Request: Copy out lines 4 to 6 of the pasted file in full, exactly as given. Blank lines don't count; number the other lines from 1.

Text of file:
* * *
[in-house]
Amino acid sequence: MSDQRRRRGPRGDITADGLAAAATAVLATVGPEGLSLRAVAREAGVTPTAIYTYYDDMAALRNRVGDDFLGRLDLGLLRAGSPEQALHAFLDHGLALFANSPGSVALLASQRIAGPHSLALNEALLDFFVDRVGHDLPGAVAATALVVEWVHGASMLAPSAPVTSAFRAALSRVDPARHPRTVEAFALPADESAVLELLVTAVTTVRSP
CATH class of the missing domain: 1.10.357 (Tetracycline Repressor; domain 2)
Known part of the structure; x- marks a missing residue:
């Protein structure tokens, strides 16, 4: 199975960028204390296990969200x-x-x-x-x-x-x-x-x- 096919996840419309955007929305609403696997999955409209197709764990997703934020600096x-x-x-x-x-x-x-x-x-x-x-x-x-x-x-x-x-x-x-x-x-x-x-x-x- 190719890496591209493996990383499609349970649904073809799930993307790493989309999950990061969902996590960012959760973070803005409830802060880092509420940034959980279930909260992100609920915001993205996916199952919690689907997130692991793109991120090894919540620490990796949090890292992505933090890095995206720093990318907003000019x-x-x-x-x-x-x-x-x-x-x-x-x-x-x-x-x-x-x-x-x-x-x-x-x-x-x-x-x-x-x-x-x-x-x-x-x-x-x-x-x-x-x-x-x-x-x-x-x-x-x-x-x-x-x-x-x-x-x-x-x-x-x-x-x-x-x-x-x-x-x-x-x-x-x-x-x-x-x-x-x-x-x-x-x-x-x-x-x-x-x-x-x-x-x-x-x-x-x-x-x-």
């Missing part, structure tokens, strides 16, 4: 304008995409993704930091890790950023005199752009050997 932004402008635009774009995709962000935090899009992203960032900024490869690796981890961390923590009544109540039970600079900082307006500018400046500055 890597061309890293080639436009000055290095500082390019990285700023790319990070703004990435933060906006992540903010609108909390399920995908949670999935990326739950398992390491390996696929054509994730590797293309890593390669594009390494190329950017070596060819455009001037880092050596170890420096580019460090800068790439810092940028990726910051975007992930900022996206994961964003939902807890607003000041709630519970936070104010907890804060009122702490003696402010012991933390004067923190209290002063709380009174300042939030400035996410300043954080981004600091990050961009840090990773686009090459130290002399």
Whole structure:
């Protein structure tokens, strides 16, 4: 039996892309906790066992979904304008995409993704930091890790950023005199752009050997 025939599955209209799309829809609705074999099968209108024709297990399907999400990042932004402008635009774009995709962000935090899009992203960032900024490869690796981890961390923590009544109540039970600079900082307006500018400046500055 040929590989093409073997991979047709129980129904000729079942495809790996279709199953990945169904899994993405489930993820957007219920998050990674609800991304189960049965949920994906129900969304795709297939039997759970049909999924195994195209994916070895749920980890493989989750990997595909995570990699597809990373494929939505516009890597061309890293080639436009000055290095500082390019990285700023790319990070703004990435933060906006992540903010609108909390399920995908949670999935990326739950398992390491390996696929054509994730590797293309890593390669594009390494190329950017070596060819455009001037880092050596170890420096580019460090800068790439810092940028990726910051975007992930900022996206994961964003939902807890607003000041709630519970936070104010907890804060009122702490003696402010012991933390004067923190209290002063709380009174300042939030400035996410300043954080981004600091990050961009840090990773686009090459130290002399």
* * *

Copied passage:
Known part of the structure; x- marks a missing residue:
């Protein structure tokens, strides 16, 4: 199975960028204390296990969200x-x-x-x-x-x-x-x-x- 096919996840419309955007929305609403696997999955409209197709764990997703934020600096x-x-x-x-x-x-x-x-x-x-x-x-x-x-x-x-x-x-x-x-x-x-x-x-x- 190719890496591209493996990383499609349970649904073809799930993307790493989309999950990061969902996590960012959760973070803005409830802060880092509420940034959980279930909260992100609920915001993205996916199952919690689907997130692991793109991120090894919540620490990796949090890292992505933090890095995206720093990318907003000019x-x-x-x-x-x-x-x-x-x-x-x-x-x-x-x-x-x-x-x-x-x-x-x-x-x-x-x-x-x-x-x-x-x-x-x-x-x-x-x-x-x-x-x-x-x-x-x-x-x-x-x-x-x-x-x-x-x-x-x-x-x-x-x-x-x-x-x-x-x-x-x-x-x-x-x-x-x-x-x-x-x-x-x-x-x-x-x-x-x-x-x-x-x-x-x-x-x-x-x-x-």
């Missing part, structure tokens, strides 16, 4: 304008995409993704930091890790950023005199752009050997 932004402008635009774009995709962000935090899009992203960032900024490869690796981890961390923590009544109540039970600079900082307006500018400046500055 890597061309890293080639436009000055290095500082390019990285700023790319990070703004990435933060906006992540903010609108909390399920995908949670999935990326739950398992390491390996696929054509994730590797293309890593390669594009390494190329950017070596060819455009001037880092050596170890420096580019460090800068790439810092940028990726910051975007992930900022996206994961964003939902807890607003000041709630519970936070104010907890804060009122702490003696402010012991933390004067923190209290002063709380009174300042939030400035996410300043954080981004600091990050961009840090990773686009090459130290002399």